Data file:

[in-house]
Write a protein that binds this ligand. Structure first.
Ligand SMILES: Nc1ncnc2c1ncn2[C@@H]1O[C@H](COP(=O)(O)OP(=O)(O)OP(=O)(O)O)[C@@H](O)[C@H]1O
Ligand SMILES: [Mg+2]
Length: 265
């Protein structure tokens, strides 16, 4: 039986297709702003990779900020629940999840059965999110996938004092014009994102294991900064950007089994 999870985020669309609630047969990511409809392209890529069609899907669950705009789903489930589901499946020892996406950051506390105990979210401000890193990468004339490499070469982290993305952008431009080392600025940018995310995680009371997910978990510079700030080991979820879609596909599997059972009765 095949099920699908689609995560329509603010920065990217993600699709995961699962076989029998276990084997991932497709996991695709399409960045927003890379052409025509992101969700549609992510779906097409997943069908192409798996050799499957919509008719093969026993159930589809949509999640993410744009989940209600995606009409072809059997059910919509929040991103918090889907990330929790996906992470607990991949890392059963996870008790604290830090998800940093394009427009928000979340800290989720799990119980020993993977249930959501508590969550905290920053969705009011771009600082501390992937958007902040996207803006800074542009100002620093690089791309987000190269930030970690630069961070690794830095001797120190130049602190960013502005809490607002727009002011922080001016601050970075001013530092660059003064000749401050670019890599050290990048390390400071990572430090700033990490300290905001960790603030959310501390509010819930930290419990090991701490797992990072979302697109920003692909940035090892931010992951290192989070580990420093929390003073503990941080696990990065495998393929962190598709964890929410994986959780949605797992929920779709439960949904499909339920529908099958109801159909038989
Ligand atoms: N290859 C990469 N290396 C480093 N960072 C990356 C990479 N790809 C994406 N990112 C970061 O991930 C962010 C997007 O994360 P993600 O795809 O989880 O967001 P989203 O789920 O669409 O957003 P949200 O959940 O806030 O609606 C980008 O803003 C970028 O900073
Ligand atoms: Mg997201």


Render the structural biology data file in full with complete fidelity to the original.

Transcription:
[in-house]
Write a protein that binds this ligand. Structure first.
Ligand SMILES: Nc1ncnc2c1ncn2[C@@H]1O[C@H](COP(=O)(O)OP(=O)(O)OP(=O)(O)O)[C@@H](O)[C@H]1O
Ligand SMILES: [Mg+2]
Length: 265
């Protein structure tokens, strides 16, 4: 039986297709702003990779900020629940999840059965999110996938004092014009994102294991900064950007089994 999870985020669309609630047969990511409809392209890529069609899907669950705009789903489930589901499946020892996406950051506390105990979210401000890193990468004339490499070469982290993305952008431009080392600025940018995310995680009371997910978990510079700030080991979820879609596909599997059972009765 095949099920699908689609995560329509603010920065990217993600699709995961699962076989029998276990084997991932497709996991695709399409960045927003890379052409025509992101969700549609992510779906097409997943069908192409798996050799499957919509008719093969026993159930589809949509999640993410744009989940209600995606009409072809059997059910919509929040991103918090889907990330929790996906992470607990991949890392059963996870008790604290830090998800940093394009427009928000979340800290989720799990119980020993993977249930959501508590969550905290920053969705009011771009600082501390992937958007902040996207803006800074542009100002620093690089791309987000190269930030970690630069961070690794830095001797120190130049602190960013502005809490607002727009002011922080001016601050970075001013530092660059003064000749401050670019890599050290990048390390400071990572430090700033990490300290905001960790603030959310501390509010819930930290419990090991701490797992990072979302697109920003692909940035090892931010992951290192989070580990420093929390003073503990941080696990990065495998393929962190598709964890929410994986959780949605797992929920779709439960949904499909339920529908099958109801159909038989
Ligand atoms: N290859 C990469 N290396 C480093 N960072 C990356 C990479 N790809 C994406 N990112 C970061 O991930 C962010 C997007 O994360 P993600 O795809 O989880 O967001 P989203 O789920 O669409 O957003 P949200 O959940 O806030 O609606 C980008 O803003 C970028 O900073
Ligand atoms: Mg997201």